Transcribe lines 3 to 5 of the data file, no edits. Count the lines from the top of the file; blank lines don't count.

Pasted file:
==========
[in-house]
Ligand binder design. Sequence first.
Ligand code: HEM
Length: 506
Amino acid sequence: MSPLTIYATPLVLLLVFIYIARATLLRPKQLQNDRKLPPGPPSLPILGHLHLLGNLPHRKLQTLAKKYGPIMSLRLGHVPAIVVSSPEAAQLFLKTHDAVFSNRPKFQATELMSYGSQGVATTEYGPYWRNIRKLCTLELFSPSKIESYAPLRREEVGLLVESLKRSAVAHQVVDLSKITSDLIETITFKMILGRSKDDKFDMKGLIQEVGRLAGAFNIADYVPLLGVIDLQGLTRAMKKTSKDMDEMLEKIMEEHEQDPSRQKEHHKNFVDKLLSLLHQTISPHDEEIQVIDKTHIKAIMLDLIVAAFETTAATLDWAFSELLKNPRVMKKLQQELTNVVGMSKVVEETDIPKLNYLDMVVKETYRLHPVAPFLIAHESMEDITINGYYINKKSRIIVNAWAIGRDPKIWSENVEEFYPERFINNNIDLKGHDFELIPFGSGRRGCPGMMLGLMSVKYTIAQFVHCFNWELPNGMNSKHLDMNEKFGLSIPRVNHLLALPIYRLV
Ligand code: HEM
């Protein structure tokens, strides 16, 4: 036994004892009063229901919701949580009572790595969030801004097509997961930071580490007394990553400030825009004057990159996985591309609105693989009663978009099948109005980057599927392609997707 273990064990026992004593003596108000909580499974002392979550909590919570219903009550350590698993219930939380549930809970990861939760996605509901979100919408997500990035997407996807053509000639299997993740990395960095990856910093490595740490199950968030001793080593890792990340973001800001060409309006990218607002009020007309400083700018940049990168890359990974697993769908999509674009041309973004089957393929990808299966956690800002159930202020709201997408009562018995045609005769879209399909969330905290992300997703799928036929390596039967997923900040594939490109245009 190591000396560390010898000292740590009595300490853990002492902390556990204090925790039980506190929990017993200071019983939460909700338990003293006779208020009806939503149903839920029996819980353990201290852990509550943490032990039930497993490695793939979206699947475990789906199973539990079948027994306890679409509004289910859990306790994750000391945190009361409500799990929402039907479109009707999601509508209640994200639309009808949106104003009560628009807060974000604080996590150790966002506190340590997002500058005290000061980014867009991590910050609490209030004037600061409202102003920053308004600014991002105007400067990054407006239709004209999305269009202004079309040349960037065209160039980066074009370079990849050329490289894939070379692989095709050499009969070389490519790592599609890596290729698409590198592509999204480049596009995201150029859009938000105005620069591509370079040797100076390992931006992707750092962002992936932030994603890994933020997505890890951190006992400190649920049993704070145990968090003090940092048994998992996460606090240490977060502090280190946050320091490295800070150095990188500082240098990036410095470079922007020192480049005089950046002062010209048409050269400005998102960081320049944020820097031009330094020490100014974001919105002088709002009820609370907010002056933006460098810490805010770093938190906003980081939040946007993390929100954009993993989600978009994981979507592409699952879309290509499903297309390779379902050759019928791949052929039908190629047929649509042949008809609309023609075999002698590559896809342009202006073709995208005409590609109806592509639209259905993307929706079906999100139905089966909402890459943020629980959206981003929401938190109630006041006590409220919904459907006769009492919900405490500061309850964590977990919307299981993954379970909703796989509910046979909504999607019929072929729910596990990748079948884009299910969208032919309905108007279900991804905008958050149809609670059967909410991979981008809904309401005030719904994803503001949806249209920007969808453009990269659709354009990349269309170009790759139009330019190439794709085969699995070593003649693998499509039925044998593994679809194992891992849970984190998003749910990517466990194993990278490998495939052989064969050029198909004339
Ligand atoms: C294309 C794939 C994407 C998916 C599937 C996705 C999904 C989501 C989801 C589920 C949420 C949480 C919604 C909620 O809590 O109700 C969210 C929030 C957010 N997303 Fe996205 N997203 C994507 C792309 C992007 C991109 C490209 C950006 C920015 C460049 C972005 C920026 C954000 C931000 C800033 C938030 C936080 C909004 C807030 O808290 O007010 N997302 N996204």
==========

Ligand code: HEM
Length: 506
Amino acid sequence: MSPLTIYATPLVLLLVFIYIARATLLRPKQLQNDRKLPPGPPSLPILGHLHLLGNLPHRKLQTLAKKYGPIMSLRLGHVPAIVVSSPEAAQLFLKTHDAVFSNRPKFQATELMSYGSQGVATTEYGPYWRNIRKLCTLELFSPSKIESYAPLRREEVGLLVESLKRSAVAHQVVDLSKITSDLIETITFKMILGRSKDDKFDMKGLIQEVGRLAGAFNIADYVPLLGVIDLQGLTRAMKKTSKDMDEMLEKIMEEHEQDPSRQKEHHKNFVDKLLSLLHQTISPHDEEIQVIDKTHIKAIMLDLIVAAFETTAATLDWAFSELLKNPRVMKKLQQELTNVVGMSKVVEETDIPKLNYLDMVVKETYRLHPVAPFLIAHESMEDITINGYYINKKSRIIVNAWAIGRDPKIWSENVEEFYPERFINNNIDLKGHDFELIPFGSGRRGCPGMMLGLMSVKYTIAQFVHCFNWELPNGMNSKHLDMNEKFGLSIPRVNHLLALPIYRLV